Hamil-Fam: Alexander Hamilton, Jr. and Aaron Burr’s Divorce

Alexander Hamilton’s third child, Alexander Hamilton, Jr. was born in 1786.  Like his father and older brother Philip, Alexander completed a course of study at Columbia College.  Hamilton, Jr. was active in politics and had a military career, spending some time in Spain and Portugal before the War of 1812, and serving as aide-de-camp to General Morgan Lewis.  After time in Europe and Florida, Hamilton, Jr. returned to New York and practiced as a lawyer in the Court of Chancery.

Interestingly, Hamilton, Jr.’s legal career would place him on a collision course with Aaron Burr.

On July 3, 1833, 77-year old Aaron Burr had married wealthy widow Eliza Jumel.  Philip Hone, a successful merchant and the mayor of New York from 1825-1826 wrote in his diary:

Wednesday, July 3. — The celebrated Colonel Burr was married on Monday evening to the equally celebrated Mrs. Jumel, widow of Stephen Jumel. It is benevolent in her to keep the old man in his latter days. One good turn deserves another.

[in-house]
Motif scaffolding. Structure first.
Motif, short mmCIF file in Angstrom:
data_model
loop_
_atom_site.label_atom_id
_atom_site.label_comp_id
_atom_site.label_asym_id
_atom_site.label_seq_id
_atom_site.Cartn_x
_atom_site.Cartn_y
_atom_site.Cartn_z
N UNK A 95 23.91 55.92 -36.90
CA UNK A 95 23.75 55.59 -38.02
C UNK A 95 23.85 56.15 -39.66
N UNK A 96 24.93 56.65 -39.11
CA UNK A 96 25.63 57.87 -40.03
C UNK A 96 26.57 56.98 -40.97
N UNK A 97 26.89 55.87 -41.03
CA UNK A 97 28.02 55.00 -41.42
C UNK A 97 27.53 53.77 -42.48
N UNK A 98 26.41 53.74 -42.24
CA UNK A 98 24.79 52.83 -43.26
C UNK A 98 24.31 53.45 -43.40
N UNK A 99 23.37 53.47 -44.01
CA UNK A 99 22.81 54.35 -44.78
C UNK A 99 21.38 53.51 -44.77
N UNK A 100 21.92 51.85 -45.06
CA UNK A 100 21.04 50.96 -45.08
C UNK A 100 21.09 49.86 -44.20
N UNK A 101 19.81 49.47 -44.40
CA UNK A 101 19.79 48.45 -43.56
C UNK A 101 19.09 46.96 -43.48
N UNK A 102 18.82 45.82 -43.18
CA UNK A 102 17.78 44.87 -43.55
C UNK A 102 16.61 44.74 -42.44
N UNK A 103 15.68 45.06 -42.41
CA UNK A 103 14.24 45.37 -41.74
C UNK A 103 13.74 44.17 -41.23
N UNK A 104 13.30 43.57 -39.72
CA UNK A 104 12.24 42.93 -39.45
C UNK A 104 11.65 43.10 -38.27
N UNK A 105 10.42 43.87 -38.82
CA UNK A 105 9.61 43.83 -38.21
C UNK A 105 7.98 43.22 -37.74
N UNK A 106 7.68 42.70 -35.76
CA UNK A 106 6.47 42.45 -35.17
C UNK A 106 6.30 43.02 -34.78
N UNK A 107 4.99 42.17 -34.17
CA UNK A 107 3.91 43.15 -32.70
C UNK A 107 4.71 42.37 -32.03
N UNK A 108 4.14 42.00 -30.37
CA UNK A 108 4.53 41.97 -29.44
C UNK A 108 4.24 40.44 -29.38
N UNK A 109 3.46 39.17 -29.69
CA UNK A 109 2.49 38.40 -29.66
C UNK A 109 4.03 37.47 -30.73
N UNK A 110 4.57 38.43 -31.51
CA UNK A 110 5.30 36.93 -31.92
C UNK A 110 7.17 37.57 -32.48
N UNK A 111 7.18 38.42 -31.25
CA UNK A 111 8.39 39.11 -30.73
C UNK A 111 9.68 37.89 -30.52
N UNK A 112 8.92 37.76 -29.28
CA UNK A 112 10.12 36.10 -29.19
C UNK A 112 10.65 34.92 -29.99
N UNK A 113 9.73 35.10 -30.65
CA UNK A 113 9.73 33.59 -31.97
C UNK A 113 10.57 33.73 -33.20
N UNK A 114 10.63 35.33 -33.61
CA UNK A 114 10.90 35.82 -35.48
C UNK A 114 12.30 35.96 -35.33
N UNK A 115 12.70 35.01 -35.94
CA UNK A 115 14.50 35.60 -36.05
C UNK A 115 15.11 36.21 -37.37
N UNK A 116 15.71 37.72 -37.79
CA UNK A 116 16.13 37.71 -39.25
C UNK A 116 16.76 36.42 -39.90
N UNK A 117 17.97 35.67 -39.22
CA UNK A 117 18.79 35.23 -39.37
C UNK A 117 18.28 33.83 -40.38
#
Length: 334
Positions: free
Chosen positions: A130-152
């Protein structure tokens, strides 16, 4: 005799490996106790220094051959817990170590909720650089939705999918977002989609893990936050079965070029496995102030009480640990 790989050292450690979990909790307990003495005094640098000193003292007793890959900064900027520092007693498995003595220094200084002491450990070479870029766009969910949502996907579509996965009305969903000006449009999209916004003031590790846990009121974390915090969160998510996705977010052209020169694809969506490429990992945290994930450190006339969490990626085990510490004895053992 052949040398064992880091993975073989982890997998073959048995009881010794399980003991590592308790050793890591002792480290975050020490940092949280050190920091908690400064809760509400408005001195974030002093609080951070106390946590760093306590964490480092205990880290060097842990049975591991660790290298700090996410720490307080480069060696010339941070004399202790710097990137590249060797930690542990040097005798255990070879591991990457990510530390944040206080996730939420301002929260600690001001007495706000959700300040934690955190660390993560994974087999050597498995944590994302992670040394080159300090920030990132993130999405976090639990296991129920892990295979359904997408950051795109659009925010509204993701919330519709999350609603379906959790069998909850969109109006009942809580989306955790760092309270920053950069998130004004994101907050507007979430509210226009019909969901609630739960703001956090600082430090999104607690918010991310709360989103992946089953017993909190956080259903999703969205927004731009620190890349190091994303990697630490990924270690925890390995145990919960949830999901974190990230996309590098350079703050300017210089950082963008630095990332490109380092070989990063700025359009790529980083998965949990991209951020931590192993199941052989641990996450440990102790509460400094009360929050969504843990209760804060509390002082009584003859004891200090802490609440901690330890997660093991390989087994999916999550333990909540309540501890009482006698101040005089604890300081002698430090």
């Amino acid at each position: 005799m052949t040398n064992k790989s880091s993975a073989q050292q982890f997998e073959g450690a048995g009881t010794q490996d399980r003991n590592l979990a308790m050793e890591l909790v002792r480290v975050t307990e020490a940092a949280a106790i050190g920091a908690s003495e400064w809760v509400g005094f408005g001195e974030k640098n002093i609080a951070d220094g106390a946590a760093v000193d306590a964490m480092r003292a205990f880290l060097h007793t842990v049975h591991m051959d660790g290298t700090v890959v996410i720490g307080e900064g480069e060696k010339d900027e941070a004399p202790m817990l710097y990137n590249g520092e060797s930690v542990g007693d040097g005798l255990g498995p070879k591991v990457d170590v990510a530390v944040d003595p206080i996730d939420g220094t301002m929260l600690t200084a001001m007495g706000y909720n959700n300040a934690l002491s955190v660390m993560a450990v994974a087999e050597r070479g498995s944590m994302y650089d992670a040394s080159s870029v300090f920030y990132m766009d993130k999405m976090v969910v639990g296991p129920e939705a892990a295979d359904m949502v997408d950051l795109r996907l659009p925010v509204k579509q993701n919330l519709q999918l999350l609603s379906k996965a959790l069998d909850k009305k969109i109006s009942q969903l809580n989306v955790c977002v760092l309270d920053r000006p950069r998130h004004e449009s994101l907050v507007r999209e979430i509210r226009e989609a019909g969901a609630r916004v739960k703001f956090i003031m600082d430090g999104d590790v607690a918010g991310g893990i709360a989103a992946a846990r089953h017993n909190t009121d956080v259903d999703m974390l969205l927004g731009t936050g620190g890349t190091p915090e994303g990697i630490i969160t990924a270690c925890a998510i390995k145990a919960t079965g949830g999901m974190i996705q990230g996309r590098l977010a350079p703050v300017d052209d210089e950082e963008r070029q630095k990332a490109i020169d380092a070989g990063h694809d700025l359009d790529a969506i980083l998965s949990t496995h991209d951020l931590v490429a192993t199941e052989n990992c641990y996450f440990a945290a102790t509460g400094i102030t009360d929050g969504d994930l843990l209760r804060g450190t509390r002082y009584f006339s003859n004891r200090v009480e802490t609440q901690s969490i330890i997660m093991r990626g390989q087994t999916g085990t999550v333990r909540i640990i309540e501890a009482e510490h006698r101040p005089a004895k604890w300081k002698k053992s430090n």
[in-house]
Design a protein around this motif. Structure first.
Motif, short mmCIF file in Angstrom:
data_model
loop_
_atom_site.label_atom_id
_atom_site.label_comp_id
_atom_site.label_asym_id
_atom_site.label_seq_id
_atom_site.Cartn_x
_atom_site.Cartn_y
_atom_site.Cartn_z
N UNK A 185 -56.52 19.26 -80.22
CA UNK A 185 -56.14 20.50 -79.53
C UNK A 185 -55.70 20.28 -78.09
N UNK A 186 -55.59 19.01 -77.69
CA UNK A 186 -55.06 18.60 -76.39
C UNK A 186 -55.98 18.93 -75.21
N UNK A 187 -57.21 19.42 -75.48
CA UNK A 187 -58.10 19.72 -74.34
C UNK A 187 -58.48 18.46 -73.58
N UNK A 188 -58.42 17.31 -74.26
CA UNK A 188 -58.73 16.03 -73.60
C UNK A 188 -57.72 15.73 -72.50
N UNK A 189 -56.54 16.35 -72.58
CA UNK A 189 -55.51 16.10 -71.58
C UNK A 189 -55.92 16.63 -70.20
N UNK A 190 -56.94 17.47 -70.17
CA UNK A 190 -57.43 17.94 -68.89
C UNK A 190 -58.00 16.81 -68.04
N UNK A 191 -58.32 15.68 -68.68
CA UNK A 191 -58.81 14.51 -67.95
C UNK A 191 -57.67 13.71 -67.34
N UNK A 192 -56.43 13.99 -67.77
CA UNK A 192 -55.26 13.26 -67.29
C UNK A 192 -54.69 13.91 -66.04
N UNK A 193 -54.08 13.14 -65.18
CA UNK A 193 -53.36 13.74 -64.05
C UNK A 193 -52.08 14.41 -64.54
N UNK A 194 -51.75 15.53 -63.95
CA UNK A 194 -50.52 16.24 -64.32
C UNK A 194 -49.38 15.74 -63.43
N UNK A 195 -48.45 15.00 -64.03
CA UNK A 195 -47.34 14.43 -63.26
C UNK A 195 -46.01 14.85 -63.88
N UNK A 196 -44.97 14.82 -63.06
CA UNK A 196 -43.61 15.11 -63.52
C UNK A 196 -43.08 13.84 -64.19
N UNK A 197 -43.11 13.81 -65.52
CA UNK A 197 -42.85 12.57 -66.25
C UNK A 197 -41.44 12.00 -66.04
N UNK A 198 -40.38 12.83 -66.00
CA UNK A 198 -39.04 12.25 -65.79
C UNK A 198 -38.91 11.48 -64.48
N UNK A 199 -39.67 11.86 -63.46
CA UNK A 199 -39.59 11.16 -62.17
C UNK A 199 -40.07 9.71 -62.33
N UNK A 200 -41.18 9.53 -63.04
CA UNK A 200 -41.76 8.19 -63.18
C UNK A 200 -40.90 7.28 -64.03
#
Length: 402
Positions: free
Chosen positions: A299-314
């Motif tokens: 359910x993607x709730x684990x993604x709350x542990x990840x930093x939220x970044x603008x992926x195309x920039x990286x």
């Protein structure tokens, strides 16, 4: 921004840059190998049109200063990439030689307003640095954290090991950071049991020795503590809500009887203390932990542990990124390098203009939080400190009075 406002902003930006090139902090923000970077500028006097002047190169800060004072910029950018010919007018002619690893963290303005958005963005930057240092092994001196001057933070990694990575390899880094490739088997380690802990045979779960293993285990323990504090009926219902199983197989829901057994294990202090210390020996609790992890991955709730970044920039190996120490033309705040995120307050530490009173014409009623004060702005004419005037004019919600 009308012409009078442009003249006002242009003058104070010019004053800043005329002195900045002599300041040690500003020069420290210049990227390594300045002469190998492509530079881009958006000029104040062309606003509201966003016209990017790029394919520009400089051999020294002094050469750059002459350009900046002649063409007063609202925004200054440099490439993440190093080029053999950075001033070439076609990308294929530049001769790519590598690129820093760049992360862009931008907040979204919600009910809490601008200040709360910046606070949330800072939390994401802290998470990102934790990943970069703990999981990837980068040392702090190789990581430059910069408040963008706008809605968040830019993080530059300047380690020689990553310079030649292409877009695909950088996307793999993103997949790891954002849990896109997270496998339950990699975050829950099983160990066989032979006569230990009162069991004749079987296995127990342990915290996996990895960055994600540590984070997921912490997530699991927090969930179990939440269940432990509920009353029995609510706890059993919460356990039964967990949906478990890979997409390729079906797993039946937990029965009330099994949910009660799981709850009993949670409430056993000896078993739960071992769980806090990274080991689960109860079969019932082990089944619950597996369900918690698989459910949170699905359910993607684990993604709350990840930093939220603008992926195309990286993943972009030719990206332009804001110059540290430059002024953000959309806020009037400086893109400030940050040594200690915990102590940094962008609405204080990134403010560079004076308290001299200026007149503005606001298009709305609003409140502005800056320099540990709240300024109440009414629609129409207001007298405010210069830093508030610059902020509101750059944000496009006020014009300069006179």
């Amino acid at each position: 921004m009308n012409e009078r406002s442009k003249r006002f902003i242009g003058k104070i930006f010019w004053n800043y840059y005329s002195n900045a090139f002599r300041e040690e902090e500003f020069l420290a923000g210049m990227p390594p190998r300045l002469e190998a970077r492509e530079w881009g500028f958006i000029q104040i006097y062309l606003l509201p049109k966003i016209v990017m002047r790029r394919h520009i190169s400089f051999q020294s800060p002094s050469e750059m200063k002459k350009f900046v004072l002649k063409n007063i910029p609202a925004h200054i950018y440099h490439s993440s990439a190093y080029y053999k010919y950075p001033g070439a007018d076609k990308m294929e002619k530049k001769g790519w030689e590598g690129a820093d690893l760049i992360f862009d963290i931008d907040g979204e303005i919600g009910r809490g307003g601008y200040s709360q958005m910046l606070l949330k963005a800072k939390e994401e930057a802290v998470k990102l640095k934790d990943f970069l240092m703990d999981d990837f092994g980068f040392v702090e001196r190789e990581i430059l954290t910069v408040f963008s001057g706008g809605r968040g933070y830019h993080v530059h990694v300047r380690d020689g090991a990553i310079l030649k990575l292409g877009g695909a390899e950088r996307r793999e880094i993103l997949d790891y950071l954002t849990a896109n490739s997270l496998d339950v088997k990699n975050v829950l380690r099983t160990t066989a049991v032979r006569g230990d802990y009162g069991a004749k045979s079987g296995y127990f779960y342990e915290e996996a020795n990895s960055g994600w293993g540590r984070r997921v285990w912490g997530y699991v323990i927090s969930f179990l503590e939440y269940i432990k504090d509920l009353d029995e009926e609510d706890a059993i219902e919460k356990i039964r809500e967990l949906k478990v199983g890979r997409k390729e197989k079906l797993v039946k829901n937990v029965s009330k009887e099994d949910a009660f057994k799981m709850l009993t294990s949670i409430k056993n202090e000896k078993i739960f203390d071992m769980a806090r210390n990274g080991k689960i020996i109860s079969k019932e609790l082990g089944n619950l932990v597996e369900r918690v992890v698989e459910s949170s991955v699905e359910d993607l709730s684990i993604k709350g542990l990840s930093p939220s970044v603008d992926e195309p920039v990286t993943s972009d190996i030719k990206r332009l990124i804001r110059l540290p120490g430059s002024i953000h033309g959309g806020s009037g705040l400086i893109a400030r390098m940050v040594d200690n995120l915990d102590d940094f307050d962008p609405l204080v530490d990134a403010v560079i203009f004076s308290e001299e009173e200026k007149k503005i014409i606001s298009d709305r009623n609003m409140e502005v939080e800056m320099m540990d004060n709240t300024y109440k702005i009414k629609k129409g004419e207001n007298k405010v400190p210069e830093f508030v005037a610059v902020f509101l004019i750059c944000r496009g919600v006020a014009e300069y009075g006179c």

https://upload.wikimedia.org/wikipedia/en/thumb/5/53/Lithograph_of_Eliza_Jumel.jpg/220px-Lithograph_of_Eliza_Jumel.jpg
Image of Eliza Jumel from Wikipedia

In The Morris-Jumel Mansion, Carol Ward writes:

“Upon Stephen Jumel’s death, Eliza was one of the wealthiest widows in New York.  However, she sought additional security in terms of her place in society.  Her marriage to former vice president Aaron Burr in 1833 bolstered her footing among the New York elite.  The marriage was solely out of convenience for both sides.  Aaron Burr was 77 when they married, and he was looking for a source of funds to assist him to cover his expenses.  Eliza quickly saw his endgame and also learned of his infidelity with a much younger woman.  Eliza sued for divorce.  In an interesting turn of events, her lawyer was Alexander Hamilton’s son.  Perhaps this was delayed karma for Aaron Burr, who had shot and killed Hamilton 30 years prior.”

William Henry Shelton wrote that during the divorce trial, Jumel and Burr were “hurling correspondents at each other, and on the part of Burr, in the unfair proportion of four to one.”

The divorce case based on Burr’s alleged infidelity proceeded privately in the Court of Chancery.  Hamilton, Jr. represented Eliza Jumel, and Charles O’Conor represented Burr.  On September 14, 1836, coincidentally the day of Burr’s death, the divorce was granted by Judge Philo T. Ruggles.

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